People come to see a career development professional for many reasons. My clients often are people who are not getting along well with a boss or who feel underutilized or unfulfilled in their present job. They contact me with the hope that I can aid them in their search for a better work environment that supports their job growth. Others call in total frustration, not knowing "what they want to be when they grow up," even though they may be 43! They may have seen career counselors at their college or taken a course at the local adult education center, but they're hoping that this will finally be the time that career counseling "works."
Still others have a strong sense of their career goals but need assistance with a resume, salary negotiation, or a targeted strategy for their job search. I welcome these calls and duly market my services, responding to questions by drawing on my years of experience, my philosophy of encouraging clients to bring their whole self to the session (including barriers or personal issues that are impacting their decision-making), and my passion for supporting people in their transition.
Once they find their way to my office I am ready to use my career counseling expertise and education to look for the underlying issues, assess the problems and then, voila! solve their quandary! But all too often, it is not that simple -- people remained stuck, unfocused, or unable to fully make use of our sessions together.
I started wondering if there was something more that I could do or that we could do together which would enable them to move forward. Purposeful Listening is an approach that I have developed which invites people to access their whole self, enabling them to develop a deeper connection to their career potential. A new career counseling process focusing on listening can offer the kind of support pictured so sublimely by the Chinese sign for listening. Notice that "listening" involves giving undivided attention to someone with your eyes, ears, and heart. This is total, purposeful listening. Think of purposeful listening as an additional tool for you to use with any client whom you feel would benefit from being heard in a deep way, someone who would be open to learning new techniques for listening to their whole selves-- mind, body, soul and heart.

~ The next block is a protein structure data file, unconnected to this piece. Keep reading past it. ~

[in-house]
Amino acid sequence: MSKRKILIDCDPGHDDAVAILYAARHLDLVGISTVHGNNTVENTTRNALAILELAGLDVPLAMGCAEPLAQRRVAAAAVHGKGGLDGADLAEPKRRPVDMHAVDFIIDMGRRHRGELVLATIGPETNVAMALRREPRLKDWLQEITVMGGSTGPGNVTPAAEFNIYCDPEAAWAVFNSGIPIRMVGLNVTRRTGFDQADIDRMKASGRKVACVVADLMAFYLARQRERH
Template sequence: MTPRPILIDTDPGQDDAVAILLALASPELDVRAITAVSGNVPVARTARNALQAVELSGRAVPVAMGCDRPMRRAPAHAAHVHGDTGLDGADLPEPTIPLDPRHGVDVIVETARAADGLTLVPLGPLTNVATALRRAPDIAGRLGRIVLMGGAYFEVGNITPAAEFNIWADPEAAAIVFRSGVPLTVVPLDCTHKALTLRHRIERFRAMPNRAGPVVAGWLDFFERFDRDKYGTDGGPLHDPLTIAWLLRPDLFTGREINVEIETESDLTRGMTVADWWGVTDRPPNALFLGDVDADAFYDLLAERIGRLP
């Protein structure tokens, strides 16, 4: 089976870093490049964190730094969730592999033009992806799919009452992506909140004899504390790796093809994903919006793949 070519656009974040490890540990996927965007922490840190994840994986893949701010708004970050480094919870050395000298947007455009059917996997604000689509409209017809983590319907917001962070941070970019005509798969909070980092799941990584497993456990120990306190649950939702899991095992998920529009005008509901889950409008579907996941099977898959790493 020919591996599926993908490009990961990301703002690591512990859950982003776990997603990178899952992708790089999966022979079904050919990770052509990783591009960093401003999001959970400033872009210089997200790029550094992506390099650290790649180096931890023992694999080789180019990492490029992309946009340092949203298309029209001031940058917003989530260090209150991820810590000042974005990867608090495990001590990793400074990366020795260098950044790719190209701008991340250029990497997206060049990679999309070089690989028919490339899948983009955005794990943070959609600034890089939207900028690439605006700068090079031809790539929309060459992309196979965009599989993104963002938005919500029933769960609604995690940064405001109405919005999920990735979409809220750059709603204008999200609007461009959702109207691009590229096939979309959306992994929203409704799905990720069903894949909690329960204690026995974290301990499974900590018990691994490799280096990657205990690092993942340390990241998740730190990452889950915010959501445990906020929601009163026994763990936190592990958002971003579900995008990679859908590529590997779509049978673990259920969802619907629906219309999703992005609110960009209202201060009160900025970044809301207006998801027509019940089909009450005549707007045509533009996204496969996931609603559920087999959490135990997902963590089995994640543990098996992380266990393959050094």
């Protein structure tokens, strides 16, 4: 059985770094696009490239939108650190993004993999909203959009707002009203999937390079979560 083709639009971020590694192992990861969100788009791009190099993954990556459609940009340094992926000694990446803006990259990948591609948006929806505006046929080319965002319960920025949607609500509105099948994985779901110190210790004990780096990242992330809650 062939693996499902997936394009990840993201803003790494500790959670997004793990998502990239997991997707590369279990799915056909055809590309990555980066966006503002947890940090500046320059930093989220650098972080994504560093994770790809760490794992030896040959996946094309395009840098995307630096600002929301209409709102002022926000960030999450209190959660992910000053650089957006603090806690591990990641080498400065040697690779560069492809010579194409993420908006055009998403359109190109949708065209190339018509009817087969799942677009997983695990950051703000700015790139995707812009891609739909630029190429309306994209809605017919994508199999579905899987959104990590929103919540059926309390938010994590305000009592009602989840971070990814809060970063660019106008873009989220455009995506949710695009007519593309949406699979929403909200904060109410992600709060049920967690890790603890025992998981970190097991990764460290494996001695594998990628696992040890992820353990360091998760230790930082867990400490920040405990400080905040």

Listening with a third ear
To truly connect with your clients you must activate your heart as well as your mind. While the mind needs proof, facts, reasons and goals the heart seems to thrive on passion, acts of faith and trusting relationships. When I am counseling a client, I will consciously drop my awareness from concentrating on their words down into my chest -- essentially envisioning my heart listening to their heart. This often has the palpable result of helping my client go deeper into their own understanding and reach "aha" moments, where they connect with underlying patterns and take some steps to overcome them. Sometimes I will even take a deep breath, barely audible to my client. But that simple act can bring startling outcomes. One example of my taking a moment to slow down happened recently with a client seeking a career transition. Suzie (a pseudonym), a client that I had been seeing for several sessions, was once-again caught up in philosophizing by quoting a variety of mystics and prophets whom she had studied in college. It was interesting to hear her thoughts but I sensed that she was skirting a really important issue by intellectualizing. I started to "listen" from my heart and she soon sensed my new silence. She paused to look out of the window and changed the direction of her conversation, midstream. I had attempted at other times in our counseling sessions to point out how she used long, vague and unclear sentences as an avoidance to key issues. The space that we created enabled her to hear my comments clearly. We proceeded to explore her old patterns of ignoring her wishes for creating some independence in her work life.
I have developed a booklet (available through my web site at www.yourcareerdirection.com) which can take you through the five steps of Purposeful Listening.
Gail Liebhaber, M.Ed., is a career consultant in Massachusetts. Her booklet is available on her website at www.yourcareerdirection.com. She can be reached via email at firstname.lastname@example.org.